Mix-and-match tanks are nothing new. The Nazis mounted captured Russian artillery pieces on looted Czechoslovakian tank chassis to create the Marder self-propelled antitank gun. The Israel Defense Forces put British tank cannon on American-made Pattons and American engines on British-made Centurions.

But a surprising source of do-it-yourself armor has been Islamic State. ISIS has modified its arsenal of captured, mostly Soviet- and Russian-made armor to create some bizarre vehicles. The Oryx Blog, run by two Dutch military analysts, has put together a fascinating collection of information and photos of these homebrew vehicles.

In Syria, ISIS created two workshops at Raqqa and Deir al-Zour. Among the handiwork of the Deir al-Zour group were BMP-1 infantry fighting vehicles with their turrets replaced by a rapid-fire ZU-23 antiaircraft gun (which presumably was deemed more useful than the BMP-1’s original seventy-three-millimeter cannon and Sagger antitank missile launcher). The thinly armored BMPs were also up-armored with sheet metal and slat armor (that looks like metal chain-link fencing) on the hull, and side skirts protecting the treads. Yet the BMP’s turret didn’t go to waste: some were mounted on the back of Toyota Land Cruisers.

ISIS armorers also modified T-55 and T-62 tanks with homemade armor. And, in one case, very homemade: the Oryx Blog points to a photo of a T-62 with a frame that apparently braces some sort of foam armor. “Certainly a curious choice for increasing your armor protection,” the blog adds.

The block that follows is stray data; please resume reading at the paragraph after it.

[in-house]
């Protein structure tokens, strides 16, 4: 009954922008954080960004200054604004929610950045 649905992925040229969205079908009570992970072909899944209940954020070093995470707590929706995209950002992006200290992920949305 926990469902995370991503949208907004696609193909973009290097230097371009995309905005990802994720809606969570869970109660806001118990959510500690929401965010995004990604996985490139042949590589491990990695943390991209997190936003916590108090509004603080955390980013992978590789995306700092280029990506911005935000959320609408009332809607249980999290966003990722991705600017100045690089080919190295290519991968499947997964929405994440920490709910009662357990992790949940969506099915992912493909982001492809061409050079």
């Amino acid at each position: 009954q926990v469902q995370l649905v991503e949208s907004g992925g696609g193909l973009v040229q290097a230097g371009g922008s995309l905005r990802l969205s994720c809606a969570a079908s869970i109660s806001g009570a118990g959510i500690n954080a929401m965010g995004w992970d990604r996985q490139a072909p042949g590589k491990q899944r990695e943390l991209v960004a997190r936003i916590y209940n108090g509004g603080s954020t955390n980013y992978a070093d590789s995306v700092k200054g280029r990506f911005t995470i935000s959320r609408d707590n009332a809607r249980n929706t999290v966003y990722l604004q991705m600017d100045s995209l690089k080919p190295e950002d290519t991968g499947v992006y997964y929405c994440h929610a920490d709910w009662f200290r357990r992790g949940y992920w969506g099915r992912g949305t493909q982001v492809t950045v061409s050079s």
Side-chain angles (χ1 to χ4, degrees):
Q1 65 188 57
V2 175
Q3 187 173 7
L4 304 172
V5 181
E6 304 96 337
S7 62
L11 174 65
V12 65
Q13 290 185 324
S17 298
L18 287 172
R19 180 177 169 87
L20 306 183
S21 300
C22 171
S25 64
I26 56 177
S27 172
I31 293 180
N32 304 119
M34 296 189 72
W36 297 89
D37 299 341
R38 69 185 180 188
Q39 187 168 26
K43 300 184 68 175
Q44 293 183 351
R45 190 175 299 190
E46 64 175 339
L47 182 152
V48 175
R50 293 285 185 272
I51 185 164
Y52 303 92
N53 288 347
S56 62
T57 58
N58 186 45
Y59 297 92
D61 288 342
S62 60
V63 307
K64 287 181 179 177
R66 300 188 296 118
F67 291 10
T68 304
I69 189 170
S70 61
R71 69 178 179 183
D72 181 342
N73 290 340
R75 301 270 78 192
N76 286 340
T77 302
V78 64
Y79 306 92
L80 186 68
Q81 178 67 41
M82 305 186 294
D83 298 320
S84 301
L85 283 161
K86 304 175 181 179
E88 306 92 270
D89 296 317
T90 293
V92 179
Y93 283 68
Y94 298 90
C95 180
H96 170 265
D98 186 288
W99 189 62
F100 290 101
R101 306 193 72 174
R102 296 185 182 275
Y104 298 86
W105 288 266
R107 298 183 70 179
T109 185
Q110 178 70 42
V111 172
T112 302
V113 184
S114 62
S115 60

“Another less sophisticated solution that has been quite popular among factions in Syria consists of installing spent shell casings around the turret,” which in one photo “appears to be held together by rope,” the blog explains. “The side skirts have been reinforced by metal or steel plates, as is the lower glacis plate. Although only contributing to a small part of the tank’s armor and relatively hard to hit, the lower glacis plate is often overlooked during DIY armor upgrades.”

ISIS has also converted trucks into weapons platforms. A notable example is a three-ton 122-millimeter D-30 howitzer mounted on a flatbed.

The Raqqa workshop worked on captured T-72 tanks, including rearranging the Kontakt explosive-armor blocks on the vehicles. That ISIS may not have fully understood what they were dealing with is seen a photo of explosive-armor blocks placed on a T-72’s rear mudguards, “which serves little to no purpose in terms of increased protection and could instead have been placed on real weak spots, of which the T-72 knows all too many,” the blog points out.

ISIS also attempted to camouflage its vehicles from coalition and Russian aircraft. ISIS fitted camouflage uniforms “with an aluminum lining to prevent looking infrared (FLIR) targeting pods from picking up the heat source of the soldier,” according to the Oryx Blog. It tried the same trick with tanks, draping them with shaggy leather strips to mask their heat signature. “As no tank upgraded with this type of camouflage has ever been featured being targeted in footage of Coalition airstrikes, or has been seen destroyed by a presumed airstrike on the ground in Syria, it could indeed have proved effective at deceiving Coalition aircraft and thus avoiding detection,” the blog says.

That such ingenuity was wasted on such a vile cause is a tragedy. So is the futility, now that ISIS is being hemmed in and squashed by coalition and Syrian/Hezbollah/Russian ground troops and aircraft. ISIS may survive as an insurgent movement, but the glory days of its DIY armor fleet are fading.

Michael Peck is a contributing writer for the National Interest. He can be found on Twitter and Facebook.

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